Hello to everyone visiting the blog for the first time! If you haven’t already entered, please post your first paragraph in the official contest thread.
While I was away last month, Stephen Barbara, promising young Donald Maass Agency agent and contracts director extraordinaire, published a somewhat tongue-in-cheek article in PW about the writing world’s obsession with the “perfect query letter” and the accompanying rise in query quality, and how in the good old days two or three years ago things were easier because “bad writers wrote bad query letters,” whereas now the obsession with queries results in higher quality queries from mediocre writers.
Several people have asked me about the article, but even before then I have heard loud whispers about whether I’m concerned about the fact that (hypothetically), if everyone writes a good query, doesn’t that make my job more difficult? Am I bringing on my own ruin? (Well, besides this contest)
Nope. Good queries make my life far easier. And in fact, I am pleased to report that query quality, personalization, and professionalism have been dramatically on the rise lately, and I’m extremely excited about it. Why?
Let’s go back to the archaic days of five years ago, pre-Miss Snark, other agent blogs, and before the birth of so many writing websites devoted to quality queries and the publishing process. In other words, Mr. Barbara’s query utopia. In this time, did the best writers really write the best queries? Did they divine the format and spill their talent onto the page?
Or did the writers who had enough (at that time very hard-to-come-by) information to grasp the purpose, intent and proper technique of query letters still write the best ones while some perfectly good and talented writers stubbed their toes because they simply didn’t know what they were doing? I think it’s the latter.
Here’s why today’s brave new query world is good for me. A couple of years ago, as I was reading queries I always had to wonder if the author was a good writer with bad query technique or a bad writer with, uh, bad query technique. I requested a lot of manuscripts that turned out to be subpar because I didn’t want to miss out on someone whose idea I liked but who, I had to assume, just may not have known better.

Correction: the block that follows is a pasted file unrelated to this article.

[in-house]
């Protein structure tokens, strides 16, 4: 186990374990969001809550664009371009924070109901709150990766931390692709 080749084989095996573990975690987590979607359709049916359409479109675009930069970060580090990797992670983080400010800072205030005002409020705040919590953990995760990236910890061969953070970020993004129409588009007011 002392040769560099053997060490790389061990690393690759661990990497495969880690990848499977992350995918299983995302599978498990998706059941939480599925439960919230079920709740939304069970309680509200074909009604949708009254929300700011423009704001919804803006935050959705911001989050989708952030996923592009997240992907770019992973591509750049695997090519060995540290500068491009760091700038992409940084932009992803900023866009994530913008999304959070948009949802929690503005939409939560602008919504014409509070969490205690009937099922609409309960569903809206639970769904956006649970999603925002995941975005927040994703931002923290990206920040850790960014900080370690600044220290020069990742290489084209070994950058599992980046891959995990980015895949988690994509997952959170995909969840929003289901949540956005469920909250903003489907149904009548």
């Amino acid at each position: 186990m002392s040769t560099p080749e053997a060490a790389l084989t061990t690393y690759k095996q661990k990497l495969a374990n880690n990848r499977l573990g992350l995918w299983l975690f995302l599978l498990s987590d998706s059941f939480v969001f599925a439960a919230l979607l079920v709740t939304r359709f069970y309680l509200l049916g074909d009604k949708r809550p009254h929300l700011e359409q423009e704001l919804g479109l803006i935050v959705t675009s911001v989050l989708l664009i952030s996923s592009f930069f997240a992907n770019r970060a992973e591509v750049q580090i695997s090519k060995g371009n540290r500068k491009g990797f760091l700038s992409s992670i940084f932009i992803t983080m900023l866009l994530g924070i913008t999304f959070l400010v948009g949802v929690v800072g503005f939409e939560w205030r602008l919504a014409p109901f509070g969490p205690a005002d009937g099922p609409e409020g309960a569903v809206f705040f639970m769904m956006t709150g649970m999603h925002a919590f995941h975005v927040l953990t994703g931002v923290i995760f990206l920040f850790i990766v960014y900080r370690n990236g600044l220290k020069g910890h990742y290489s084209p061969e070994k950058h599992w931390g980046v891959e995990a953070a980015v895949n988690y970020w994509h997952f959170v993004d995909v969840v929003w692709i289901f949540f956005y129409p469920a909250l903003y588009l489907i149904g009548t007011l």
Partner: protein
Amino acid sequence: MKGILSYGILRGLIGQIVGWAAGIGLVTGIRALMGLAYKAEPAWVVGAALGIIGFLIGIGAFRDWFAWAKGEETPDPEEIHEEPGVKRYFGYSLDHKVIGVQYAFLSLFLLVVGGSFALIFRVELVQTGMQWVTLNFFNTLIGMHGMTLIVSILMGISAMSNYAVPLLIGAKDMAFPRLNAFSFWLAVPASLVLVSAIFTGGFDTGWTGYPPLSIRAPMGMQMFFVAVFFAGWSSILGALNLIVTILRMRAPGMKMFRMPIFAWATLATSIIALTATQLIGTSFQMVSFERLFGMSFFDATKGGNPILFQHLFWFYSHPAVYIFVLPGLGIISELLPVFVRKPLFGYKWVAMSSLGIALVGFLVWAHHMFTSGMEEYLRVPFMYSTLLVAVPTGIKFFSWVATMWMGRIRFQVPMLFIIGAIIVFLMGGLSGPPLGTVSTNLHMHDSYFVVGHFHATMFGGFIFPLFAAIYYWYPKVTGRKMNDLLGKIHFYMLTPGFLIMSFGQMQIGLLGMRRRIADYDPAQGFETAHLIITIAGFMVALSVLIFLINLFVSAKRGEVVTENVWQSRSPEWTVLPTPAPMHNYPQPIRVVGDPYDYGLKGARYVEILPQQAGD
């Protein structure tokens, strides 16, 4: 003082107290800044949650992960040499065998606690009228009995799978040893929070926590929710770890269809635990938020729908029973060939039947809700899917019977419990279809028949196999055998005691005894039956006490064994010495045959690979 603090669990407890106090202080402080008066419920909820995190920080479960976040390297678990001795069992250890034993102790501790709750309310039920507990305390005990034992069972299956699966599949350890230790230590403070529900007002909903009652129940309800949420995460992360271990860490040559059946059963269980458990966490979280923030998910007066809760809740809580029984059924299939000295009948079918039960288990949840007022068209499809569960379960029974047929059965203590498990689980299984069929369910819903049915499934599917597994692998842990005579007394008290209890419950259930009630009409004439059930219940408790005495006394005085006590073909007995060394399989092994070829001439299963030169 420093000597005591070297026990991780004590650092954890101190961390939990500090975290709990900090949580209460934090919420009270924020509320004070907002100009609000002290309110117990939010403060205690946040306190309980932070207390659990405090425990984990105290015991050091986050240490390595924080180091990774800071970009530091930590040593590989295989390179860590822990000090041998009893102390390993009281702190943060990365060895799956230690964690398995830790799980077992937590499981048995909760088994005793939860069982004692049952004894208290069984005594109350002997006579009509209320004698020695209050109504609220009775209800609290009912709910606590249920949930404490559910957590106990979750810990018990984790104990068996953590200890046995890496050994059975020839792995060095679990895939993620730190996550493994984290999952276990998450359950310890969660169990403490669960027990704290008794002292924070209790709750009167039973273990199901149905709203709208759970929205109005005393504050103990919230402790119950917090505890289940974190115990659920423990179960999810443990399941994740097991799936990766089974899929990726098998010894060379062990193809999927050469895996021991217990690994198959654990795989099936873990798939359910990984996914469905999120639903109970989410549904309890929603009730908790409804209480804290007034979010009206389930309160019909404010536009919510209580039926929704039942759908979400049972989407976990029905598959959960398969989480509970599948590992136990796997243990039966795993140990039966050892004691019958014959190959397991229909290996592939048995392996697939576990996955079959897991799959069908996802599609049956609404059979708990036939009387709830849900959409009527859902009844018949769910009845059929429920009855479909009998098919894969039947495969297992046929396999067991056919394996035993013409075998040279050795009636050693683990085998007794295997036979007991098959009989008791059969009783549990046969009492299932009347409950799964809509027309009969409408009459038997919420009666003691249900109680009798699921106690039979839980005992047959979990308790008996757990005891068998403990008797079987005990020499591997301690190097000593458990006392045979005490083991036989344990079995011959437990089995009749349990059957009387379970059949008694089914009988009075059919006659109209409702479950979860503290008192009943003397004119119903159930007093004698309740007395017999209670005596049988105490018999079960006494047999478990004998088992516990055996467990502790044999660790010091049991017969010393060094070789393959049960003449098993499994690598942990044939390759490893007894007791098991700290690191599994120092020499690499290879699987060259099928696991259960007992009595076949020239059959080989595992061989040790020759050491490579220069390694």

And in fact, in years past it was very, very difficult for the proud residents of Nowheresville, Indiana to have access to the publishing industry because they lacked the connections, information, and network to penetrate what was then an extremely opaque and insulated publishing world. Well, that opacity had a big ole stiletto punched through it, and the rest is history.
Now even writers who do even a cursory amount of research on the Internet are besieged with techniques for writing queries and guidelines for conducting themselves professionally. This hasn’t tilted the playing field in favor of the mediocre, it’s leveled the playing field for everyone, the talented-but-far-flung particularly. Now that I’m getting almost uniformly good queries it’s much easier for me to spot the best ones without worrying I’m missing out by passing up on the bad ones.
Trust me. It’s still relatively easy to spot the ones with a special zing that, for whatever reason, connect with my interests and taste.
And as for the people who think the query system isn’t worth following, just talk to the scores of published writers who started off writing bad letters, got nowhere, found some information on how to do it the right way, and are now very successful. All that was standing in their way was equal access to the information that is now readily available.
I have no regrets! I am not worried about bad authors writing good queries. There’s no formula for the best ones, and truly good writing can’t be imitated or faked.